We start with Baum’s claim of an actual disability. It contains two elements: (1) a physical impairment (2) that substantially limits one or more major life activities (which Baum has limited to his cardiovascular and circulatory function). 42 U.S.C. § 12102(1)(A). Metro doesn’t contest the first element, and various medical records show that Baum has several heart conditions. So the only disputed issue is whether Baum can show that his impairments substantially limited his cardiovascular and circulatory functions.

Baum argues that he can. For support, he points to the ADA Amendments Act, where Congress said that “whether an individual’s impairment is a disability under the ADA should not demand extensive analysis.” ADA Amendments Act of 2008, Pub L. No. 110-325 § 2(b)(5), 122 Stat. 3553. He also cites an implementing regulation stating that the phrase “substantially limits” warrants broad construction and “is not meant to be a demanding standard,” 29 C.F.R. § 1630.2(j)(1)(i), and that the substantial-limitation inquiry “usually will not require scientific, medical, or statistical analysis.” 29 C.F.R. § 1630.2(j)(1)(v). Read together, Baum contends, these provisions set a low bar for proving an actual disability.

That they do. But it’s a bar Baum can’t clear without expert testimony. That’s because his impairments, unlike more common or less complicated ones, require medical knowledge to understand. His medical records contain diagnoses such as “AV block, Mobitz 1” and “Bradycardia”—words that rarely appear outside the medical profession. And although some of Baum’s other diagnoses include terms and phrases a lay person might have heard before—palpitations; right heart failure; right ventricular enlargement—they have corresponding explanations packed with medical jargon. Baum’s diagnosis for heart failure, for example, says that an “RHC” (what we take to mean right-heart catheterization) showed “no evidence of constrictive pericarditis.” No lay person would know what that means.

So do Baum’s impairments limit his cardiovascular and circulatory functions? They might. But to conclude that they did, a jury would need to understand them—how they function, and what that means for Baum. And to understand them, jurors would need an opinion from someone with “scientific, technical, or other specialized knowledge”: expert testimony. Fed. R. Evid. 702.

Because Baum failed to disclose his doctor—or anyone else with specialized medical knowledge—as an expert witness, he lacks the evidence he needs. And without that evidence, he hasn’t created a factual issue over whether he is actually disabled. The district court therefore correctly granted summary judgment on this claim.

Baum also asks for leave to amend his expert disclosures. But his request is perfunctory, and thus abandoned. See Vander Boegh v. EnergySolutions, Inc., 772 F.3d 1056, 1063 (6th Cir. 2014). To secure amendment of a scheduling order, a party must show “good cause.” See Leary v. Daeschner, 349 F.3d 888, 906 (6th Cir. 2003). And we review a district court’s refusal to amend a scheduling order for an abuse of discretion. Id. at 909. Here, Baum neither cites the good-cause standard nor argues that he meets it. He also never claims that the district court abused its discretion or attempts to explain why that is so. We are “not in the business of developing parties’ arguments, and we decline to do so here.” My Imagination, LLC v. M.Z. Berger & Co., 726 F. App'x 272, 276 (6th Cir. 2018) (citing Operating Eng’rs Local 324 Health Care Plan v. G & W Constr. Co., 783 F.3d 1045, 1057 (6th Cir. 2015)).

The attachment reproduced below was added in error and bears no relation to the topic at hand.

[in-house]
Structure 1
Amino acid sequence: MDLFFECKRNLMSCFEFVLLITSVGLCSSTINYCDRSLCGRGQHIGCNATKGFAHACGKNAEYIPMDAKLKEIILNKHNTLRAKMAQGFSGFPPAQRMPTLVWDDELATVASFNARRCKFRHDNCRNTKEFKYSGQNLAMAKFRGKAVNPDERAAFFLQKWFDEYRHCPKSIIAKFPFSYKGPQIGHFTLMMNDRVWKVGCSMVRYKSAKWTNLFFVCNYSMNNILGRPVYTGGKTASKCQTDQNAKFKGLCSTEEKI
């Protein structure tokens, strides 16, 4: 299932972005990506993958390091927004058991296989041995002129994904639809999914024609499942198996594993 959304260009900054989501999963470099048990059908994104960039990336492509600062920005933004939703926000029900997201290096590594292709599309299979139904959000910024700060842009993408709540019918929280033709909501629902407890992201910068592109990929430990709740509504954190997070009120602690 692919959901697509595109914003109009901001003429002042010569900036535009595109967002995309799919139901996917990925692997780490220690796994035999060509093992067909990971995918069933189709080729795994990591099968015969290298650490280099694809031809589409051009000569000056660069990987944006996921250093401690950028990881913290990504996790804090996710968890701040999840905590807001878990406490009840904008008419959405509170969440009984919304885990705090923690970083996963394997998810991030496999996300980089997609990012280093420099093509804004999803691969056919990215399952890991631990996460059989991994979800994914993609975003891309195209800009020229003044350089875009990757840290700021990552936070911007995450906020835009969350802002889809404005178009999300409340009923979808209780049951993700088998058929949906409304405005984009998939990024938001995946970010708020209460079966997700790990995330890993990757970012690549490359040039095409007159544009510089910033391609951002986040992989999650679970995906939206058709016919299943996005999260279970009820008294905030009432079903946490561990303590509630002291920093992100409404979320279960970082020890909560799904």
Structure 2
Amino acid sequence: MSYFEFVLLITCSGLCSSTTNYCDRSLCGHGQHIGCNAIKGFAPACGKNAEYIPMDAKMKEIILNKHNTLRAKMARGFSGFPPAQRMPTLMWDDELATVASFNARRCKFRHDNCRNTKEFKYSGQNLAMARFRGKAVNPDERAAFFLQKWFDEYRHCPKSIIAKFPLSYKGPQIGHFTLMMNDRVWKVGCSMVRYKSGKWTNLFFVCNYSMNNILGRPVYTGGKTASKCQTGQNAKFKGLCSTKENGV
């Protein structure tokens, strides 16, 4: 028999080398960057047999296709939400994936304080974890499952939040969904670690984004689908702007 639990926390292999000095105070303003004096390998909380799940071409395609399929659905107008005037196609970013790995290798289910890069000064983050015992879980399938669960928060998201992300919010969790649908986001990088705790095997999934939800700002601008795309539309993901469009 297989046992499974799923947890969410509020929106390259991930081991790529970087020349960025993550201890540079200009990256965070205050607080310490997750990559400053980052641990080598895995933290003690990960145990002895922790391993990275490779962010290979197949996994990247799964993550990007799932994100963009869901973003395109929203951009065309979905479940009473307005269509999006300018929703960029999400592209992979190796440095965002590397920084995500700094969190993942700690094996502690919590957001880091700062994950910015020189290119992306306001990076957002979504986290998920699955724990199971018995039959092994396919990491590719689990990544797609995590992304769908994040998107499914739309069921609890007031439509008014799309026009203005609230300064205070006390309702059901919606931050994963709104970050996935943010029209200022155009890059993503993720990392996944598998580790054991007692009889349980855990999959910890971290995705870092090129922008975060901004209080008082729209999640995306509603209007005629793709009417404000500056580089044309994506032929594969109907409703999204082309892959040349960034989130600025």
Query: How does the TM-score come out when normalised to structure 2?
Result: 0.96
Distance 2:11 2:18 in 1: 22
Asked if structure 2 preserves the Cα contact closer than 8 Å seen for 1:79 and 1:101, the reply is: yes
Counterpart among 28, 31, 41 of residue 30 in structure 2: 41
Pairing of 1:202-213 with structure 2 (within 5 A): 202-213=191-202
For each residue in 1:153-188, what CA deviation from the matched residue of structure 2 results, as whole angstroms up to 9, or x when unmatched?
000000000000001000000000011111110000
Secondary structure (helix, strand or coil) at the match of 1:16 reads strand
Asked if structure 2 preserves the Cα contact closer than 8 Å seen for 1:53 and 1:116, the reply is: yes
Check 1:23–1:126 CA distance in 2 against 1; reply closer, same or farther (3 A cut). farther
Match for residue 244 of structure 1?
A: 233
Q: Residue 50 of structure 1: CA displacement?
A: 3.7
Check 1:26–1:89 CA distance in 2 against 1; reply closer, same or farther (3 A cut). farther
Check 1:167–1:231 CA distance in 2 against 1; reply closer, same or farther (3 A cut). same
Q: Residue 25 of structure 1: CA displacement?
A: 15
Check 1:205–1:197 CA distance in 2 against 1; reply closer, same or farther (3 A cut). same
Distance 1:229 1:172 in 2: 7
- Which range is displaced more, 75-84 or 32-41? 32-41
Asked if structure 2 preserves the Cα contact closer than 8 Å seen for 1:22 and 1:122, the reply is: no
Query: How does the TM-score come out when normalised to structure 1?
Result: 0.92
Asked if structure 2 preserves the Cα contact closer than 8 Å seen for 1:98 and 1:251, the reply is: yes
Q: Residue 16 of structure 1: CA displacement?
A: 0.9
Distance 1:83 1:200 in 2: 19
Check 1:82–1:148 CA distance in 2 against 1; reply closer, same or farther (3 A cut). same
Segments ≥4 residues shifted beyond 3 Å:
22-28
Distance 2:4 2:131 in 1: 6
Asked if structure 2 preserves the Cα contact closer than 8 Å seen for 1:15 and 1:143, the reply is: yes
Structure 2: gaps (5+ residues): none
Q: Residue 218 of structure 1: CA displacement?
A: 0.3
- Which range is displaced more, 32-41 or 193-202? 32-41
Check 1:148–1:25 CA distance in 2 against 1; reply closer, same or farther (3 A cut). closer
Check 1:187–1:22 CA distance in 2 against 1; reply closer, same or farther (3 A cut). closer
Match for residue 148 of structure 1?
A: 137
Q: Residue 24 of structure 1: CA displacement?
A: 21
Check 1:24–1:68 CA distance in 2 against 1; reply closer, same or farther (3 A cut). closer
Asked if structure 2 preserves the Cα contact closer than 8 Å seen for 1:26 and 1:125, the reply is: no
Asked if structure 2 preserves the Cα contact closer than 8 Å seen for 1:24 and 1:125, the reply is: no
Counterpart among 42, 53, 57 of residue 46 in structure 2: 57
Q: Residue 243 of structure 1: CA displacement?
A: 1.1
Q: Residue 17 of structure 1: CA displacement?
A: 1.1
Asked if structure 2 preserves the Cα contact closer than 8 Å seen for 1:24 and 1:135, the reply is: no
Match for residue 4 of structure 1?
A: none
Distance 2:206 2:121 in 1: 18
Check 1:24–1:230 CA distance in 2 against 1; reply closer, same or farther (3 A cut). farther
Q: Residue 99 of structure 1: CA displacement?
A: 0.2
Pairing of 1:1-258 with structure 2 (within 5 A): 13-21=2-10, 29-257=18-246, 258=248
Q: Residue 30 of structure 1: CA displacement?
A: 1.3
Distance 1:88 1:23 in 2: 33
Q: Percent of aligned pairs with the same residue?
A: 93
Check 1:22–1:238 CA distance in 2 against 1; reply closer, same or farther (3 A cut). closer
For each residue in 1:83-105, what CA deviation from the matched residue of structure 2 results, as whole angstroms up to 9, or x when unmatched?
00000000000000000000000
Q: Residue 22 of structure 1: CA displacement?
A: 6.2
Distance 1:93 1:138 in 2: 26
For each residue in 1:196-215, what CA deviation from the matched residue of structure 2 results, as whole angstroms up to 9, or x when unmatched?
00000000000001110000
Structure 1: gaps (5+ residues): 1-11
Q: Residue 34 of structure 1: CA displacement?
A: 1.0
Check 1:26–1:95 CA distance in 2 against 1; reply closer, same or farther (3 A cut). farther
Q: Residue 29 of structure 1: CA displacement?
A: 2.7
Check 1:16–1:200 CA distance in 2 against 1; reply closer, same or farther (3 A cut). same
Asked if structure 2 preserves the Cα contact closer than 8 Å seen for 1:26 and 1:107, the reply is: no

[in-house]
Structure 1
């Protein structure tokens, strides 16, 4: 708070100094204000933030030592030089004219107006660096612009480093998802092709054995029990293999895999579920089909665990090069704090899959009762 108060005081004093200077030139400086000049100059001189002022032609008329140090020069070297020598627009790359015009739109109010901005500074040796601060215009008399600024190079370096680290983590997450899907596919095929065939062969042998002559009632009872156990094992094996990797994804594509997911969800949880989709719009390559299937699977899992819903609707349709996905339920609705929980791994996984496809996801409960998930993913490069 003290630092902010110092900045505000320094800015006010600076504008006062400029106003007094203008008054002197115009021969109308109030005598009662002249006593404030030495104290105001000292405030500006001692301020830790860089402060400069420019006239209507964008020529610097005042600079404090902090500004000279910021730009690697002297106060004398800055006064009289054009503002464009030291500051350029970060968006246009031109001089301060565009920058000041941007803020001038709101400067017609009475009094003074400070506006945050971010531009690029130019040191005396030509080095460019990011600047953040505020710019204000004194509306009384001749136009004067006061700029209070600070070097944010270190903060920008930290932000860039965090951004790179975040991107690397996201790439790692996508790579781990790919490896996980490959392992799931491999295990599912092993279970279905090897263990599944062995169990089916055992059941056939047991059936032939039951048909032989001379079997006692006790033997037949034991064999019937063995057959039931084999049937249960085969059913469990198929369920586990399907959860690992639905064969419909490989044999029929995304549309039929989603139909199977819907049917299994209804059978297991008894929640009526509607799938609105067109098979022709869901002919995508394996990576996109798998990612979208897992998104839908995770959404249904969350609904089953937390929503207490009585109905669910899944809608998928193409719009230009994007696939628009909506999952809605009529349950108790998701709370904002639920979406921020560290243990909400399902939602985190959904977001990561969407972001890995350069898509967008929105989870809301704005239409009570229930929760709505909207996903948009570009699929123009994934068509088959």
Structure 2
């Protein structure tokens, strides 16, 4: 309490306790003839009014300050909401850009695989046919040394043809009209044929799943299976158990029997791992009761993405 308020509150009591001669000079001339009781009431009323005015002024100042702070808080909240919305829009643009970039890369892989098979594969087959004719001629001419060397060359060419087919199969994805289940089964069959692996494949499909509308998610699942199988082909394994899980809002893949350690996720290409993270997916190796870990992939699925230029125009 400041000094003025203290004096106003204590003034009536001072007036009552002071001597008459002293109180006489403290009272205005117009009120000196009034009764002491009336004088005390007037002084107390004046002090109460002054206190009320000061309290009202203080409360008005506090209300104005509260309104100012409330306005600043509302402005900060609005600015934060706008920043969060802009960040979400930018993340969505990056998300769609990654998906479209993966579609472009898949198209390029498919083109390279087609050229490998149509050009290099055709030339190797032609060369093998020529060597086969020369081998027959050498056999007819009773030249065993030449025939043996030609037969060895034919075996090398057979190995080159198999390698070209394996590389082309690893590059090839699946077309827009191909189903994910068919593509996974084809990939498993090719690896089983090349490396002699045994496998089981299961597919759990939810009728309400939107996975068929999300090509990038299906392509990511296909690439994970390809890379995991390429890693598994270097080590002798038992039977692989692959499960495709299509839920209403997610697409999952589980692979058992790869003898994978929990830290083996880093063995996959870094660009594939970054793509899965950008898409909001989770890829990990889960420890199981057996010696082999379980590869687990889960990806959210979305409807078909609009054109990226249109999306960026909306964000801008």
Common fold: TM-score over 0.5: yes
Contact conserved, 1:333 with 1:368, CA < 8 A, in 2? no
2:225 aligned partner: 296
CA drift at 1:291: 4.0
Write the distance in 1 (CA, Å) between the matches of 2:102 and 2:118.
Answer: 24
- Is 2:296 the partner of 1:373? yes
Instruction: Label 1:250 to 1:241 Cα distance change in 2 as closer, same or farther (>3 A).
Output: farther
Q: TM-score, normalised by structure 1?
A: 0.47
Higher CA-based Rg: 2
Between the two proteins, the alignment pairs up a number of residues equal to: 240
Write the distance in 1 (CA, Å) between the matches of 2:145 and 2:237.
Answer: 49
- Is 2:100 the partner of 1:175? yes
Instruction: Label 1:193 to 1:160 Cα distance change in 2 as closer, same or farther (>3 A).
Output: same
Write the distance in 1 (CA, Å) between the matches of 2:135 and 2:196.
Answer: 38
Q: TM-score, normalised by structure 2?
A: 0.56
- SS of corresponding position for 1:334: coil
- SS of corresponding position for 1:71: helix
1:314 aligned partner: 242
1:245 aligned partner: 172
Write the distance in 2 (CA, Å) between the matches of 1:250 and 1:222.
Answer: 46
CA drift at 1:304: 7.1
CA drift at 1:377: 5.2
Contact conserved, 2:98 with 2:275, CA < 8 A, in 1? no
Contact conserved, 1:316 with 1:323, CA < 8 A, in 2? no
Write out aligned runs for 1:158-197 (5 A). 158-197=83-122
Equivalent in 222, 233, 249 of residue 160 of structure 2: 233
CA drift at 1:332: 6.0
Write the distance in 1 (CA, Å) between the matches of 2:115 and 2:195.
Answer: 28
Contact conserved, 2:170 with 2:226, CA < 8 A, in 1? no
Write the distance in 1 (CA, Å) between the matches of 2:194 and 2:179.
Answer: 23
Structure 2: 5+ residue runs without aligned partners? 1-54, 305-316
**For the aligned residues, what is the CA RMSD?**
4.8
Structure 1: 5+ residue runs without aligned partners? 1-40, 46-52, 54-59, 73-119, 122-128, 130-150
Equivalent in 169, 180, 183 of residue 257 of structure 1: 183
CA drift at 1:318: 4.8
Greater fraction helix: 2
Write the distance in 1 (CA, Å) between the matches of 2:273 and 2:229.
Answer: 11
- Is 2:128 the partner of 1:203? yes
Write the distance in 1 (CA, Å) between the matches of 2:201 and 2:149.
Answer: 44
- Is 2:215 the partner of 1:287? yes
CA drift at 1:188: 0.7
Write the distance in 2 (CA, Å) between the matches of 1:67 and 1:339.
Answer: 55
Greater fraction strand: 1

B.

Next, we address Baum’s claim of a perceived disability. To be “regarded as” disabled, he must show that he was fired “because of an actual or perceived physical ․ impairment.” 42 U.S.C. § 12102(3)(A). Unlike with his other claim, Baum need not prove a limitation of a major life activity. Id.

Baum argues that a jury could find that Metro fired him because Cahill thought Baum was disabled. For support, he relies on Cahill’s knowledge of Baum’s catheter, CAT scan, trip to the ER, and period where he wore a heart monitor. Baum also points to Cahill’s stated reason for firing him: his “health issues and doctor’s appointments.”

Metro would have us ignore that evidence. Baum lost his job, the company says, because of his “excessive absenteeism and failure to perform his job duties.” Metro emphasizes that Baum didn’t go into the office about one-third of his final three months of employment, but the company never mentions Baum’s frequent remote work and never explains which job duties he failed to perform. Put differently, Metro asks us to view the facts in the light most favorable to the company, not Baum.

This we cannot do. See Scott v. Harris, 550 U.S. 372, 378, 127 S.Ct. 1769, 167 L.Ed.2d 686 (2007). Cahill’s word versus Baum’s creates a classic credibility dispute, and “determining the credibility of witnesses is a task for the jury[.]” United States v. Beverly, 369 F.3d 516, 532 (6th Cir. 2004). To be sure, and as the district court correctly noted, Cahill’s knowledge of Baum’s medical issues—alone—is insufficient to carry the day. See Milholland v. Sumner Cnty. Bd. of Educ., 569 F.3d 562, 568 (6th Cir. 2009); see also Neely v. Benchmark Family Servs., 640 F. App'x 429, 435 (6th Cir. 2016). But Baum has more—he has Cahill’s stated reason for firing him: his “health issues and doctors’ appointments.” That statement is what creates a factual dispute and makes it material. Giving Baum the benefit of the doubt, a jury could find that Cahill meant what he said. And if a jury so found, it could also find that Cahill perceived Baum to have a physical impairment and fired Baum because of that perception.

III.

For these reasons, we affirm the grant of summary judgment in Metro’s favor on Baum’s claim of an actual disability and reverse the grant of summary judgment in Metro’s favor on Baum’s claim of a perceived disability.

GRIFFIN, Circuit Judge.